Sunday saw the latest edition of the Kate Kennedy Charity May Ball, traditionally the year’s largest and most esteemed event — this year’s instalment was no different. At the end of April, the KK oversee the Gaudie, a torchlit procession down the pier in honour of John Honey, a student who in 1800 rescued victims from a nearby shipwreck. For many, this is the last event of this year: a fitting final act for not only the Candlemas semester but for the academic year (ignoring the daunting prospect of graduation for the elderly among us). The KK May Ball provided the joie de vivre before the uncertainty of these exams and, with Kinkell Byre as the backdrop, achieved exactly the kind of night we were all in need of. The KK is proud that: “The May Ball has donated tens of thousands of pounds to local and Scottish charities throughout its long history and continues to raise awareness of important causes both in Fife and across the country”.
From thousands of twinkling lights, to multiple chocolate fountains and spirited Christmas music, guests truly fell down the rabbit hole at this year’s Mermaid’s Christmas Ball. Christmas Ball is always one of the most anticipated nights of the year, and it certainly didn’t disappoint. Everyone was having a fabulous time, whether it was their first time or their fourth.
“How do you know I’m mad?” said Alice.
“You must be,” said the Cat, “or you wouldn’t have come.”
Lewis Carroll, Alice in Wonderland
I remember a laughing crowd, celebration and delirious youth. Then came the hugs; the warmth of human contact in the Scottish winter. A quote from the moon landing was proudly displayed on a banner turning into a photo wall. Everyone was dressed like they were from the 1980s. “Boom, Boom, Boom” – welcome to Szentek.
While ‘The Challenge’ may sound like a cringey 5pm game show, it is actually an annual November shooting competition that brings over 140 shots from universities around the country to East Fife. Some might see the Welly Ball that follows as a quintessentially St Andrews event – playing host to thousands of students in ball gowns, tweed, and most importantly, wellies – but it remains one of the few cross-university events that the town hosts, with attendees from as far as Exeter. The Clay Pigeon Shooting Club somehow manages a finely-tuned schedule starting with a day for the shots and then followed by a ball for both Dinner and After Party guests, greatly to their credit. Welly 2018, though not without its detractions, was yet again a fun experience, with the proceeds going to a great cause. Plus, it had the added bonus of Wellington boots as a barrier both to the usual mud, and toe-stepping revelry of Kinkell.
Twinkling lights, rousing live music and a sea of jewel-tone clad revellers: these are some freeze-frames of the 2017 Mermaids Christmas Ball. Rarely an event that disappoints, this year was no exception as Kinkell Byre was transformed into a Fairytale of New York. Unlike previous years’ themes this year was not modelled after a film, the committee choosing instead to create a glitzy winter wonderland complete with motifs of the city decorating the space. The New York skyline adorned one wall and recognisable street signs dotted the venue, with miles of fairy lights interwoven between.
Welly Ball is coming up this weekend, and as one of St Andrews’ most-attended events of first semester, this year is guaranteed to be a hit. Taking place on Saturday the 11th of November at Kinkell Byre, the ball has increased their capacity and budget to accommodate 2000 guests at both the dinner and the after-party. There will be two music options, one in the main barn and one in the marquee. For the fourth year running Welly Ball will be supporting the Charlie Waller Memorial Trust, and the committee is proud to announce that they have been awarded a prize for their continued contributions to this organisation.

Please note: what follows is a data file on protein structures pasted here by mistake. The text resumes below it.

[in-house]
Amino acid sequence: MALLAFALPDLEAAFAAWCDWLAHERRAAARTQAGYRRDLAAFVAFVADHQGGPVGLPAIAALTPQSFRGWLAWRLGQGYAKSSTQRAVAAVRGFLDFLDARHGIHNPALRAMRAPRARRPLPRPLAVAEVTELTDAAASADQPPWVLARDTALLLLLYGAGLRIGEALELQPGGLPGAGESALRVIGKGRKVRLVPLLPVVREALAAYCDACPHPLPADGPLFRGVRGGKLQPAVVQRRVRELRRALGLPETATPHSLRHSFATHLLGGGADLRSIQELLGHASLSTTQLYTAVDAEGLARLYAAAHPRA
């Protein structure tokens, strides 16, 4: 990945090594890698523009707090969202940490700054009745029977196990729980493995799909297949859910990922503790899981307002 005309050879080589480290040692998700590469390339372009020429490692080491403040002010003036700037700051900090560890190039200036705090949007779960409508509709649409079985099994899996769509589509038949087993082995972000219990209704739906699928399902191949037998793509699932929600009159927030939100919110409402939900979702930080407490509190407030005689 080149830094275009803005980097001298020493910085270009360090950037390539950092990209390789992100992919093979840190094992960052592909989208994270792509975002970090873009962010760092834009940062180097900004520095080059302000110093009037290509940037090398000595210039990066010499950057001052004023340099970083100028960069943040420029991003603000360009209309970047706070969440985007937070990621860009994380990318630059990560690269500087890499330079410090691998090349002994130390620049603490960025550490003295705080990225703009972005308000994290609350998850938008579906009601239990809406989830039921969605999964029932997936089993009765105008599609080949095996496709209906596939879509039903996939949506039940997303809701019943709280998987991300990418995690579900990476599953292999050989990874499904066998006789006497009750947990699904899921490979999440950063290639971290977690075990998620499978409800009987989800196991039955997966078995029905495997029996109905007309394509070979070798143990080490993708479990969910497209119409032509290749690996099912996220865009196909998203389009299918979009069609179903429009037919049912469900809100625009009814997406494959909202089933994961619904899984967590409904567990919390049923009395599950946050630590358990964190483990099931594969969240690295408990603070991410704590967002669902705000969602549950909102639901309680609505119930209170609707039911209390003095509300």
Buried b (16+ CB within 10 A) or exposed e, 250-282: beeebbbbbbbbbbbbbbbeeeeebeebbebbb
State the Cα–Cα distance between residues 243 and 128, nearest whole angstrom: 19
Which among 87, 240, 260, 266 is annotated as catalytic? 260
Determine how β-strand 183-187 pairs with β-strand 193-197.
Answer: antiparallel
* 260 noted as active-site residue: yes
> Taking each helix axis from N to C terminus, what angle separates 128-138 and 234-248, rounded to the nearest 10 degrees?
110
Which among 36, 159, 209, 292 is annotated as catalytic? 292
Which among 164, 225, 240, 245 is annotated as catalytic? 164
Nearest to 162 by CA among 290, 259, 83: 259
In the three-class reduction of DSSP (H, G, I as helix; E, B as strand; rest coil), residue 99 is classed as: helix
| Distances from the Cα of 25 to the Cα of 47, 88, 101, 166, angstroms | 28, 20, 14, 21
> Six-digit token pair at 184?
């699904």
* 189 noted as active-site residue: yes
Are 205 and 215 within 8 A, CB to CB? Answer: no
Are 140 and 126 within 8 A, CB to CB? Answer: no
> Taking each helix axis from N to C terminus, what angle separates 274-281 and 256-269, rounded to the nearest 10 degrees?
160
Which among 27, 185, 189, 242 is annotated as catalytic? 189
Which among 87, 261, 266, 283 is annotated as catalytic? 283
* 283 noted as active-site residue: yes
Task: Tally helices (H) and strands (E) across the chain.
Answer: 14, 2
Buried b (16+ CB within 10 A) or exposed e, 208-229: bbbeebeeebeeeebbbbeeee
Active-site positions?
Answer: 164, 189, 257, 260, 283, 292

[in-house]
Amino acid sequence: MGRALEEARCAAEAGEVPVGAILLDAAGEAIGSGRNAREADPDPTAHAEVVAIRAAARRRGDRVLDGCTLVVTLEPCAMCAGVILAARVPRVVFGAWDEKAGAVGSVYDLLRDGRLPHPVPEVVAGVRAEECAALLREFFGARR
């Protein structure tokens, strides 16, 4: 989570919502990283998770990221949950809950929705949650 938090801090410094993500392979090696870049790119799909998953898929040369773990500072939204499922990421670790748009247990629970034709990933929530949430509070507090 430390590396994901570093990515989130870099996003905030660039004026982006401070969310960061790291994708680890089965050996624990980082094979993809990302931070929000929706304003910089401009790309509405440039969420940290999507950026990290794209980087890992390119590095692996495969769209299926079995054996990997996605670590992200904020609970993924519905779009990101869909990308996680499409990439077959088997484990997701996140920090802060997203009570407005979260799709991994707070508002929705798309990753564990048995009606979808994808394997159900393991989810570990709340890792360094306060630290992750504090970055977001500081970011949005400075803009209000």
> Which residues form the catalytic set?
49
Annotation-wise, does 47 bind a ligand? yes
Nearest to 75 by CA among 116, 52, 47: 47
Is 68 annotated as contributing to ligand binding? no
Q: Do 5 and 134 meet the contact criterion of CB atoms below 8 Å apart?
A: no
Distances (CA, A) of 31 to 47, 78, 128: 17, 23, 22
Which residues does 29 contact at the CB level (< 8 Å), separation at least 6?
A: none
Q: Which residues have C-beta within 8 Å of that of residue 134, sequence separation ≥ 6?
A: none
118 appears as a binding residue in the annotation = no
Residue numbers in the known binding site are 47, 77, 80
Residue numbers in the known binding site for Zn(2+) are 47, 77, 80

This year House of Horror upped the ante with their Dreamland Amusement Park themed event. The ever trustworthy St. Andrews venue of Kinkell Byre was transformed into a replica of the greatest amusement park in history, Dreamland in Coney Island, New York. In 1911, a ride called Hell Gate burst into flames, rendering Dreamland no more by the morning. The Dreamland of 1911 had everything conceivable, from lion tamers and rail roads; and on 31st October 2017, House of Horror introduced new elements to their event such as fairground rides, carnival games and shots upon entry, bringing Dreamland back to life and making House of Horror 2017 the best yet.
If there is one thing that St Andrews is known for across the nation, it is that we, the students, love lavish events and attend them regularly. We convey this illusory image that the price does not matter – we are willing to pay for it – but I know that that is not the truth for a majority of students. In fact, we want to guarantee that our money is going towards something great and, when the Kate Kennedy committee proposes an event that starts at £45, we want the reassurance that skimping on cheaper meals for the next few weeks will be worth it. It is safe to say, however, that the KK knows what they are doing. On the eve of May Dip this year, the Kinkell Byre hosted – handily – one of the most entertaining nights of the year.
Not knowing what to expect from Szentek, Thursday night had me trying on – and subsequently rejecting – every outfit in my wardrobe. As it turns out, I needn’t have worried. Upon arriving, it quickly became clear that I wasn’t the only one who was uncertain as to the dress code. Guests were wearing everything from glitter covered jumpsuits with skyscraper heels to cut offs, neon face paint and trainers. Bizarrely though, it all seemed to work. Even the dressiest outfit did not seem out of place against the venue’s aesthetic, and the atmosphere was far from self conscious.